`I Found My Tribe is inspiring, humbling and a picture of what love really looks like' Marian KeyesAn invocation to all of us to love as hard as we can, and live even harder, I Found My Tribe is an urgent and uplifting letter to a husband, family, friends, the natural world and the brightness of life.
'I Found My Tribe is inspiring, humbling and a picture of what love really looks like' Marian Keyes
An invocation to all of us to love as hard as we can, and live even harder, I Found My Tribe is an urgent and uplifting letter to a husband, family, friends, the natural world and the brightness of life.
Ruth's tribe are her lively children and her filmmaker husband, Simon, who has Motor Neurone Disease and can only communicate with his eyes. Ruth's other 'tribe' are the friends who gather at the cove in Greystones, Co. Wicklow, and regularly throw themselves into the freezing cold water, just for kicks.
'The Tragic Wives' Swimming Club', as they jokingly call themselves, meet to cope with the extreme challenges life puts in their way, not to mention the monster waves rolling over the horizon.
'Fitzmaurice tells her story in sparkling prose that is as sinewy as her new sea-strengthened body, and as admirable and boundless as her spirit', Sunday Times
'Uplifting and life-affirming' Stylist
Ruth Fitzmaurice was born in 1976 and grew up in Co. Louth, Ireland. She was a radio researcher and producer when she married film director and writer Simon, in 2004, and had three children. In 2008, Simon was diagnosed with Motor Neurone Disease and given three years to live. Simon went into respiratory failure in 2010 and was accidentally placed on a ventilator during an emergency procedure. He decided, against medical advice, to keep the ventilator; Ruth and Simon went on to have twins in 2012. In January 2016, Ruth wrote her first piece for the Irish Times about family life and a new passion, sea swimming. She lives in Greystones, Co. Wicklow, with Simon, their five children, Jack, Raife, Arden, Sadie and Hunter, a dog, a cat and a team of nurses and carers.
"One of the year's most arresting, humbling and acute memoirs. It is a catch-in-the-throat, life-affirming work that you want to gulp down in one and recommend to all your friends. Fitzmaurice tells her story in sparkling prose that is as sinewy as her new sea-strengthened body, and as admirable and boundless as her spirit" -- Helen Davies The Sunday Times "I Found My Tribe is written with such lightness of touch that it's life-affirming, powerfully so. Yes, sometimes I was breathless from stabs of pain, but this book reads almost like poetry. In beguiling, luminous words Ruth tells her story in a seemingly scattergun way... as the overall picture builds up like a mosaic made from shiny beautiful things... I Found My Tribe is inspiring, humbling and a picture of what love really looks like. An astonishingly beautiful book by an astonishingly beautiful person" -- Marian Keyes "Uplifting and life-affirming, this is a manifesto to live as hard and as well as you can" Stylist "A powerful, emotional, poetic, funny, philosophical and courageous work of art ... a joyful, raw, urgent invitation to her readers to 'just dive' -- into the sea, and into life. Dive in, she urges, no matter what horrors life flings your way" Irish Times "Ruth Fitzmaurice's beautiful book is an enraptured cry at life's gifts and griefs ... Life-affirming and full of love, this book is a clarion call to live life to the full: to dive in for a swim and be brave" -- Book of the Month Psychologies Magazine "Fitzmaurice's brilliantly lyrical ear and gentle humour makes this a none-too-distant relative to the likes of Joan Didion and Cheryl Strayed" Irish Independent "A vivid and beautifully written work, that chronicles a life of joy and frustration and coping and celebration and swimming against the tide and all those points in between" RTE Guide "This debut is set to become a global bestseller -- The Diving Bell and the Butterfly meets Calendar Girls, with a splash of Roger Deakin. It is one of a number of recent books by women riding the crest of a wild-swimming wave. Fitzmaurice's memoir, though, is likely to be the one that exerts the greatest tidal pull" -- Helen Davies The Sunday Times "Deceptively simple prose, laced with clever imagery, emotional complexity and heart" -- Roisin Ingle Irish Times "A moving memoir of family life, coping with her husband's motor neurone disease and the icy joys of wild sea swimming" -- Best Non-Fiction Good Housekeeping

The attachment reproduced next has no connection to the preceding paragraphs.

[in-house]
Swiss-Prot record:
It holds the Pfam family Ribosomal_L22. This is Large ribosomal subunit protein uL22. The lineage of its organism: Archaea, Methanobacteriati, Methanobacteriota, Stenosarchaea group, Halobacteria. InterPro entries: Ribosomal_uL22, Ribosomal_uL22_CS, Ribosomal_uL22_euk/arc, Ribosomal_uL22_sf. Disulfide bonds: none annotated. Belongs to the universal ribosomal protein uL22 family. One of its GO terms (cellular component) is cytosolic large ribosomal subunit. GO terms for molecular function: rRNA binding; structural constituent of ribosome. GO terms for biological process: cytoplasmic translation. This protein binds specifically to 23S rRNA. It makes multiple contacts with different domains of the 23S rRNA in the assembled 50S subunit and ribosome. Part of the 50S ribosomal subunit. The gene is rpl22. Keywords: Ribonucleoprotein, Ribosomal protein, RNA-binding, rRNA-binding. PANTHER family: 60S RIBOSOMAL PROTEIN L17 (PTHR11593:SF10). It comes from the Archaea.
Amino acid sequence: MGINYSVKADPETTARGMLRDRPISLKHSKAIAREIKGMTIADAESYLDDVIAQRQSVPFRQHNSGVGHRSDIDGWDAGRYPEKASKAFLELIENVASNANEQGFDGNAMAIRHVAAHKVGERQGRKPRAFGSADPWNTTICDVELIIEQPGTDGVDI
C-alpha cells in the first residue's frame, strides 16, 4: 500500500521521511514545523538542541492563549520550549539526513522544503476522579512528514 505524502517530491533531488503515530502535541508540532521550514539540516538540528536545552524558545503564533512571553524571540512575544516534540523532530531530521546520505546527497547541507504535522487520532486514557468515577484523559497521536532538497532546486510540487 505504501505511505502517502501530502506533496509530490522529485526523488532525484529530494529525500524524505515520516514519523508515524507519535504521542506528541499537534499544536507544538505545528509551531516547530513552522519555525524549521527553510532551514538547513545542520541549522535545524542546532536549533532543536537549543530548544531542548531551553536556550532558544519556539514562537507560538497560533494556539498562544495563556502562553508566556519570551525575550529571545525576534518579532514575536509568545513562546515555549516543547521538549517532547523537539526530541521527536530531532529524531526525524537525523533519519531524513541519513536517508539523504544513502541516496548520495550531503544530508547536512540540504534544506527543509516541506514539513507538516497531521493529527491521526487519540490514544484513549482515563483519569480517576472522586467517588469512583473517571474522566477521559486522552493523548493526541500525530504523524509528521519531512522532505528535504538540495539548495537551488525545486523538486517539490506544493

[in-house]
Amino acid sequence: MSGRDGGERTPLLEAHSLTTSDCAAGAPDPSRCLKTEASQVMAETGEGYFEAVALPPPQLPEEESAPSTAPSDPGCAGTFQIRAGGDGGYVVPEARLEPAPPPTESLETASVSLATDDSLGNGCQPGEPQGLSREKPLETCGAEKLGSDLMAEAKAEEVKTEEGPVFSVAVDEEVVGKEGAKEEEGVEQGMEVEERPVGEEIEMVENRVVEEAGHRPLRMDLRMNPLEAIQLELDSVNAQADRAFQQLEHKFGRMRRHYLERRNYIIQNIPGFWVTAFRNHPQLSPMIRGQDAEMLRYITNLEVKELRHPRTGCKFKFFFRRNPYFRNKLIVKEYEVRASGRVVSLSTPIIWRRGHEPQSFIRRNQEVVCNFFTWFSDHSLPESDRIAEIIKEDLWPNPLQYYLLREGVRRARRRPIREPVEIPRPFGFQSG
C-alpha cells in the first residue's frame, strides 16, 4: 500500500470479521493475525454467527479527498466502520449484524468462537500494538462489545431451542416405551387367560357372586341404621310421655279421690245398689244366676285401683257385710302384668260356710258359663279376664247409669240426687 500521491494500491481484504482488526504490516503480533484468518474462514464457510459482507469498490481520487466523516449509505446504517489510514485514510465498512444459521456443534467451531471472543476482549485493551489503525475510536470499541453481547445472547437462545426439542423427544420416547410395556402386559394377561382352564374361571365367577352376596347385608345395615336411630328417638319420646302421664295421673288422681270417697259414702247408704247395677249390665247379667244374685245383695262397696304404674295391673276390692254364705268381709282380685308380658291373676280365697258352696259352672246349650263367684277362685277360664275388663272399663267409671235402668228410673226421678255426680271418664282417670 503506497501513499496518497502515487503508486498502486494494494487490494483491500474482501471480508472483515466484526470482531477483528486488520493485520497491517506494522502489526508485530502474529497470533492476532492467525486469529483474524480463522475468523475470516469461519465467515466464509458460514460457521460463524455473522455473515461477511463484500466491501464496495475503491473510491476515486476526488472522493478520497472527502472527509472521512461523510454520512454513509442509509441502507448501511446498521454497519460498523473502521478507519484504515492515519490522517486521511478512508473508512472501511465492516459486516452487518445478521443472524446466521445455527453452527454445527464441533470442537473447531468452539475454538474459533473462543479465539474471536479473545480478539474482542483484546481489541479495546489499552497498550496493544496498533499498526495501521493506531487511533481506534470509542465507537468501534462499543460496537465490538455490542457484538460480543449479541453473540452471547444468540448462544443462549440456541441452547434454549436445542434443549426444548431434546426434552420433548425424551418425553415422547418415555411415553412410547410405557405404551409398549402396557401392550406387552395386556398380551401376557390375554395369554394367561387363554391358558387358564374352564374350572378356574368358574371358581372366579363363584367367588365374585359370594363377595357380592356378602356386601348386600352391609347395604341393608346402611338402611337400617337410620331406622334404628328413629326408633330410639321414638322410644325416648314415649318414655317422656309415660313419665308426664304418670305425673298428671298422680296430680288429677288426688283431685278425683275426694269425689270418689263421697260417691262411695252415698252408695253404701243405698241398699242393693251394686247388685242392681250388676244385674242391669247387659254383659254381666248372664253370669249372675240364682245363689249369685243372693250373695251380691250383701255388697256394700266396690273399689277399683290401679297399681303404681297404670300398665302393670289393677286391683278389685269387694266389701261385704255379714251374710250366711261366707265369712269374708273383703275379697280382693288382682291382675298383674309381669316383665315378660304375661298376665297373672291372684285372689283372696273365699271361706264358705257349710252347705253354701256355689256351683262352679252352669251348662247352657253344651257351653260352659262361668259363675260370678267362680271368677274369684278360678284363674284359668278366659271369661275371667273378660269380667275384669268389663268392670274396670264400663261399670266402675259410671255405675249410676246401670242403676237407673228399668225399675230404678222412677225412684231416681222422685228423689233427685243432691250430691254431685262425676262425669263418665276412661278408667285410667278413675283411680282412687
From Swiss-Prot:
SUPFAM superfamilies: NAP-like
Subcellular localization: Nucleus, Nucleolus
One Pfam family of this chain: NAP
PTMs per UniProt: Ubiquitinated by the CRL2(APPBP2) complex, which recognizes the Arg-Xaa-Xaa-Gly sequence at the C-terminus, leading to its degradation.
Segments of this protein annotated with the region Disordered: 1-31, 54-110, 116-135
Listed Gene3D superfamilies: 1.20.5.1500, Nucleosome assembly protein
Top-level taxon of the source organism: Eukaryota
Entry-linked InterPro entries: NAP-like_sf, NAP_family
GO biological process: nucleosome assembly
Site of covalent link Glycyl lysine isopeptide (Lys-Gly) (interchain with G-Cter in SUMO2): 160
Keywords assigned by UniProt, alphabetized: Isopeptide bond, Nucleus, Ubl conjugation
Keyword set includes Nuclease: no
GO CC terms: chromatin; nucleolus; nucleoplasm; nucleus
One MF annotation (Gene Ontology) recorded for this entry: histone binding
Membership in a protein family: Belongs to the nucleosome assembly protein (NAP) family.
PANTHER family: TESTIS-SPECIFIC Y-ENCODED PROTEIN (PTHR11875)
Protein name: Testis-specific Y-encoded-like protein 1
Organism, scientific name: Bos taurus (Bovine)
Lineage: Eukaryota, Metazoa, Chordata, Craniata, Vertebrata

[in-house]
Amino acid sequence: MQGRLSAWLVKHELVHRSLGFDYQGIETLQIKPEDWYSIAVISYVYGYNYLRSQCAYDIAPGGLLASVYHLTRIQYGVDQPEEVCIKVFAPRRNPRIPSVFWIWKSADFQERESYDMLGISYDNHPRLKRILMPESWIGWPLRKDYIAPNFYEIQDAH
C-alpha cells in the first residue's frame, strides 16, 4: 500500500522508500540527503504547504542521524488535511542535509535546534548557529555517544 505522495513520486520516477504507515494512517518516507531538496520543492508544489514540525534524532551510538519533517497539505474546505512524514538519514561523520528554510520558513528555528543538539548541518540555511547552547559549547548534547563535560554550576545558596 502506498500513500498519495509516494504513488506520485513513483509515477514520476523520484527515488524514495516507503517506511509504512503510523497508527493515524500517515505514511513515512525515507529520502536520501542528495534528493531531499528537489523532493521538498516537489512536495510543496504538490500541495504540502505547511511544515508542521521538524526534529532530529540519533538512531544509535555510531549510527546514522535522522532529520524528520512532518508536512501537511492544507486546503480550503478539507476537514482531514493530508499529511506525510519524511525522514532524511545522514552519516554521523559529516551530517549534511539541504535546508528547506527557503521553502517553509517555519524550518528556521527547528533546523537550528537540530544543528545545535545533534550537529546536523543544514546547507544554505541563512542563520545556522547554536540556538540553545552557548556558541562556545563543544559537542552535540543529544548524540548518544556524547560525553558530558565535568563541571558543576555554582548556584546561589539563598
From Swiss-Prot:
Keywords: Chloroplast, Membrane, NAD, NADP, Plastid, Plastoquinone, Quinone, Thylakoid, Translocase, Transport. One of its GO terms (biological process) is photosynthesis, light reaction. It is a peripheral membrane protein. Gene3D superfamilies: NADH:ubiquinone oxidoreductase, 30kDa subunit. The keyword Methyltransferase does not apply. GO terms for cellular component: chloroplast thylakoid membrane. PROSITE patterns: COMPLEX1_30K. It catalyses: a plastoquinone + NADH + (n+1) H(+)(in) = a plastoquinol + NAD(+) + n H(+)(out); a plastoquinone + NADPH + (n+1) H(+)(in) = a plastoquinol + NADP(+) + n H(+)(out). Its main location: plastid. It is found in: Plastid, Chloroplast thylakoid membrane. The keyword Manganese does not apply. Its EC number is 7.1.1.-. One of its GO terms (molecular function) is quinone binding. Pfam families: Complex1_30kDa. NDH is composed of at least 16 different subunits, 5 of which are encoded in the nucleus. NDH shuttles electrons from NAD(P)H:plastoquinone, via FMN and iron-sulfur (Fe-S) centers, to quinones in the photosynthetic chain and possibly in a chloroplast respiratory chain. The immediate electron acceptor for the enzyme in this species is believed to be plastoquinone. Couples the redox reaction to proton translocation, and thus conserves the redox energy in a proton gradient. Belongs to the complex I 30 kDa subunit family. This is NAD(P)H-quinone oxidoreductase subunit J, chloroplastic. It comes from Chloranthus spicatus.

Winner of Bord Gais Energy Irish Book Awards - Newcomer of the Year 2017 (UK)
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